Do you know what the term executive functioning means? Executive functioning, in simpler terms, relates to the brain’s ability to keep us on-task. Executive functioning also reminds us of deadlines and meetings, encourages us to overcome setbacks, etc. Many students struggle in school and everyday life because they do not naturally possess, nor have they been taught, these important skills.



Listed below are some common executive functioning skills:


  • The ability to resist impulses and to block out distractions


  • The ability to make transitions, show problem-solving flexibility, alternate attention and to change focus


  • Managing emotions to complete a task


  • Beginning a task and being independent in problem-solving (ability to generate ideas)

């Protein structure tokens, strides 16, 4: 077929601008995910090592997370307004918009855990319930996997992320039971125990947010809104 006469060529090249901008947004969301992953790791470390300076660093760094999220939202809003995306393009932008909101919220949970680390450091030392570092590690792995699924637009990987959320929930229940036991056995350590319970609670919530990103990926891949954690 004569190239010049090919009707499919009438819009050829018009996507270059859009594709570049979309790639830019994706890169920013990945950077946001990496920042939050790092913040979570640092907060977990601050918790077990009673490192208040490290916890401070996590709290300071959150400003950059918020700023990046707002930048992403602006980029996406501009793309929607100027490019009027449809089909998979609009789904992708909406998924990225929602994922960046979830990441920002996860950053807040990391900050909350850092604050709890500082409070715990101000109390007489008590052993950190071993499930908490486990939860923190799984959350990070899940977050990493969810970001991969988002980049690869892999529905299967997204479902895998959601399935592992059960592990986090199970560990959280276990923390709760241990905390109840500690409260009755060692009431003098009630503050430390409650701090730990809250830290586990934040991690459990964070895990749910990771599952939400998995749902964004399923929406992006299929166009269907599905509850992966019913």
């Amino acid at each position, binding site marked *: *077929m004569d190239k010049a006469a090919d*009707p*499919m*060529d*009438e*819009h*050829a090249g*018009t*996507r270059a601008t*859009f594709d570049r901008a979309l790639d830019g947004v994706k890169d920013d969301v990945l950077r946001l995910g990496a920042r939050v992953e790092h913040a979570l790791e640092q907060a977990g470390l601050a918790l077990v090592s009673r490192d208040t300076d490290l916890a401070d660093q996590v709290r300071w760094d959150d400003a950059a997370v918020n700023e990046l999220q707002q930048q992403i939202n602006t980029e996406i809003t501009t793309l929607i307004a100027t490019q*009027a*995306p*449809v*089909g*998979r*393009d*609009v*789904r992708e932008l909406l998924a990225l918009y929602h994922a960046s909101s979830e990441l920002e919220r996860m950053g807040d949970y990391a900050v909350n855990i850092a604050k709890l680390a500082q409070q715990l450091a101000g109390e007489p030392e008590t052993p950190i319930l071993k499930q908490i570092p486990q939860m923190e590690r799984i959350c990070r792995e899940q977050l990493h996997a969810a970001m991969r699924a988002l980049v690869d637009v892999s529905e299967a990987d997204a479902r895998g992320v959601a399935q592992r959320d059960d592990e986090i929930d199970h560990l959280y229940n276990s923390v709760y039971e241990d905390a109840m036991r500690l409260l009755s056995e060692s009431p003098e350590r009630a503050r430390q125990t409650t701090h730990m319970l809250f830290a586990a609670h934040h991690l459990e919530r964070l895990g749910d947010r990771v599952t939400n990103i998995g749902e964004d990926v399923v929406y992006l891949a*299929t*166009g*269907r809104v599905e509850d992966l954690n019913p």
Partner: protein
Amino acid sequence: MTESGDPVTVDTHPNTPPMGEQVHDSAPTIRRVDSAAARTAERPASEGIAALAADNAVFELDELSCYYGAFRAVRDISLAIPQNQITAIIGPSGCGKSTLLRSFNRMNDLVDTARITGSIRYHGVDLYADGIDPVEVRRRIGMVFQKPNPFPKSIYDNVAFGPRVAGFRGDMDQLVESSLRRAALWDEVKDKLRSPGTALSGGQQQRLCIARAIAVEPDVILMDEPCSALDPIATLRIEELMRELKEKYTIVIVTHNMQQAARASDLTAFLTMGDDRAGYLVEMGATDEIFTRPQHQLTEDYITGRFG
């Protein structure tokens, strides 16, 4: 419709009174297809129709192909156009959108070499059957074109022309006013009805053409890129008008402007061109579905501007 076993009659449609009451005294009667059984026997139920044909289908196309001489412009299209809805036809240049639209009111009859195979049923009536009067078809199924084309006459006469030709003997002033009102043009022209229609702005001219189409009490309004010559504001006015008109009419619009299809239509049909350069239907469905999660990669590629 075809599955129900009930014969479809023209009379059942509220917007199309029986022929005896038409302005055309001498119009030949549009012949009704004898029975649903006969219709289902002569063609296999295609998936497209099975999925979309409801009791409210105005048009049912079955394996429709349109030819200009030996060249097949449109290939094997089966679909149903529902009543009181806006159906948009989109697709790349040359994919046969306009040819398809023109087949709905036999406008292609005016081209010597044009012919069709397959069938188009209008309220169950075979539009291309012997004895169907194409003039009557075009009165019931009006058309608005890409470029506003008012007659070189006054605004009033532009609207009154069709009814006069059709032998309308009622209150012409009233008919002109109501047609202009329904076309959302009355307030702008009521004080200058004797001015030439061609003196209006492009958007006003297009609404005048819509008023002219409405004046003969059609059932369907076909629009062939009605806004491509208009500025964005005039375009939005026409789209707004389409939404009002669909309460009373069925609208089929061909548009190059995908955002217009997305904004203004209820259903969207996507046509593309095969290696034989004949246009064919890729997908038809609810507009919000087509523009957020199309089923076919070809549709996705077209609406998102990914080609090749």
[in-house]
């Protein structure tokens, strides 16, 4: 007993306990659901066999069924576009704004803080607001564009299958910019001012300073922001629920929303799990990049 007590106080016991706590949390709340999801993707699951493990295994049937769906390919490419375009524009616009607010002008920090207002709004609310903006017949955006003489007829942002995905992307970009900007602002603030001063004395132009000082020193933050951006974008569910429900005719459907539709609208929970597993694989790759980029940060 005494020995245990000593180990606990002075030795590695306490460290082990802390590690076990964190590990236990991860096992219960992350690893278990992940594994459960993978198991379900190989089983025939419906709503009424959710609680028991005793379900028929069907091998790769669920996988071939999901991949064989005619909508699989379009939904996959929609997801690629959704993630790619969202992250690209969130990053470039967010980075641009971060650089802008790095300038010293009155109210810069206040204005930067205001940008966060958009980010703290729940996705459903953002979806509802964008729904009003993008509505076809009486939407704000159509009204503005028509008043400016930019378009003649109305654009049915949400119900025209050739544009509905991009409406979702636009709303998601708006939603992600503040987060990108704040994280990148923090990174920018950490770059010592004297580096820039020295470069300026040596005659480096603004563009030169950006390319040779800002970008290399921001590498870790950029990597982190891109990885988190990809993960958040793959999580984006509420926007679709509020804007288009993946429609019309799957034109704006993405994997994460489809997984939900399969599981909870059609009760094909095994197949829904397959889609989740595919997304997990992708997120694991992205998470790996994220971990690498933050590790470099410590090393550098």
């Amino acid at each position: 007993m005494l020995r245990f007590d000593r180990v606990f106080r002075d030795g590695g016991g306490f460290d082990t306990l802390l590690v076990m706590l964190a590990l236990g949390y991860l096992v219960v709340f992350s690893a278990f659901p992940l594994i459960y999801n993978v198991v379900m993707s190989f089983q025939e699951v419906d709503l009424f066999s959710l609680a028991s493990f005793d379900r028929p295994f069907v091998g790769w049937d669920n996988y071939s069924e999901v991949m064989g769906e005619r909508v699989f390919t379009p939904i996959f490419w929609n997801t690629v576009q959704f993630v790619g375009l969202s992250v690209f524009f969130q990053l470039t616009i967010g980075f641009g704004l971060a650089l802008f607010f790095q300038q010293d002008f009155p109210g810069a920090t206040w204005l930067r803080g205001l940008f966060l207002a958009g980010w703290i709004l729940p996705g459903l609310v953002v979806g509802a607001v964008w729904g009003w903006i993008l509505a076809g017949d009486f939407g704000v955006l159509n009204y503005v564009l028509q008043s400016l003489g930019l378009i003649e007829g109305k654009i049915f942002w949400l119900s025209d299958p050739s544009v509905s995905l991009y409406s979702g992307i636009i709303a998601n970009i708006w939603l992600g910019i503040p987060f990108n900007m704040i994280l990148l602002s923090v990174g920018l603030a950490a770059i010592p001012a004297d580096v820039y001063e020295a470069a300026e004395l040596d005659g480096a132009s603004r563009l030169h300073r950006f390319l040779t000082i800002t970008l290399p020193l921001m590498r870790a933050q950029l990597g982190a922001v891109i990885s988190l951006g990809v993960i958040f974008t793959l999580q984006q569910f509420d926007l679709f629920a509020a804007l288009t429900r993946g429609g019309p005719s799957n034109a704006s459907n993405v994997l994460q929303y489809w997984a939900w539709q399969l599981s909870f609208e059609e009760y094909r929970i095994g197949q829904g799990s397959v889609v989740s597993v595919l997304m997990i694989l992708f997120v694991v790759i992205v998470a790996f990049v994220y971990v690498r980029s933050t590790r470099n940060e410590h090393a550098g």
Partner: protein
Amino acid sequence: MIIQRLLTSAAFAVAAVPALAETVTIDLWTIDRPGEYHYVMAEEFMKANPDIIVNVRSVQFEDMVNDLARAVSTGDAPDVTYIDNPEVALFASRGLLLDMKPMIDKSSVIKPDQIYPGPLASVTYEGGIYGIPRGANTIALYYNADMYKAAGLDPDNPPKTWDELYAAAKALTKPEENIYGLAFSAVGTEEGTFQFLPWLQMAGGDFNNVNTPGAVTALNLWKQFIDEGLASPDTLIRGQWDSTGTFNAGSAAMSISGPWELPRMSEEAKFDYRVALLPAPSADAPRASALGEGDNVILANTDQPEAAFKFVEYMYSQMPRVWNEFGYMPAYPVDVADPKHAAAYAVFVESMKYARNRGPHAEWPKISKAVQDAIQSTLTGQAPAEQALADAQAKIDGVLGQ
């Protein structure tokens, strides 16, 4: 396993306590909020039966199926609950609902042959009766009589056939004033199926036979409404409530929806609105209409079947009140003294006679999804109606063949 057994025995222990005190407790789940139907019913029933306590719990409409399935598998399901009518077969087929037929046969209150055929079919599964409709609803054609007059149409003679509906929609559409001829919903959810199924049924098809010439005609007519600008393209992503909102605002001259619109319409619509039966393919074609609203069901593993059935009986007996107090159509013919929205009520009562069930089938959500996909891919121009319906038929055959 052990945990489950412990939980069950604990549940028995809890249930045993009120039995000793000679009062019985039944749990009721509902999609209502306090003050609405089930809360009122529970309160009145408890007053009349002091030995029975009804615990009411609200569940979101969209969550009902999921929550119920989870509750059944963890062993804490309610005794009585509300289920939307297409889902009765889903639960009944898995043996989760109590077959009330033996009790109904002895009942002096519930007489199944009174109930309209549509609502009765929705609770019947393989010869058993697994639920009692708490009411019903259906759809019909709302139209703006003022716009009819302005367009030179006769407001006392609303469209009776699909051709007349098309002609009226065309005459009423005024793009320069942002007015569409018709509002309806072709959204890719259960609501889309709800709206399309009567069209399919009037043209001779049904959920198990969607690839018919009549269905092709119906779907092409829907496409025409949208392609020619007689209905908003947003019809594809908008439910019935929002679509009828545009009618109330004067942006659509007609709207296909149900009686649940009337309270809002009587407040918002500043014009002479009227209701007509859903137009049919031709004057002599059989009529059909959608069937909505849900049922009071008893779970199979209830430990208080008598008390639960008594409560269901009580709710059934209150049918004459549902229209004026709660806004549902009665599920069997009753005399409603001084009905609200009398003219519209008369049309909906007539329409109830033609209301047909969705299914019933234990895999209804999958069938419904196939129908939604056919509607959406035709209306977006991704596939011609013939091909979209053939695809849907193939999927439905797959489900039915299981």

• The ability to hold information to complete a task

The ability to manage current and future-oriented task

  • Plan – anticipate future events, set goals, develop appropriate steps, start with the end in mind
  • Organize – the ability to order information to identify main ideas and key concepts – there is a  clerical component to this


  • Reflects the orderliness of work, play and storage areas (e.g. desk, lockers, bedroom etc.)


  • The ability to frequently review progress and make adjustments.

Learn more about Executive Functioning…

  • A Day in the Life of a child with Executive Functioning Issues – Understand the issues in the day of a life of a child with Executive Functioning issues . View the article here
  • 9 Tips For Talking With Your Child’s Teacher About Executive Functioning IssuesView the article here


  • Late, Lost and Unprepared. A Parent’s Guide to Helping Children with Executive Functioning Joyce Cooper-Kahn and Laurie Dietzel. (2008)

Contact us today if you have concerns about your child’s executive functioning skills.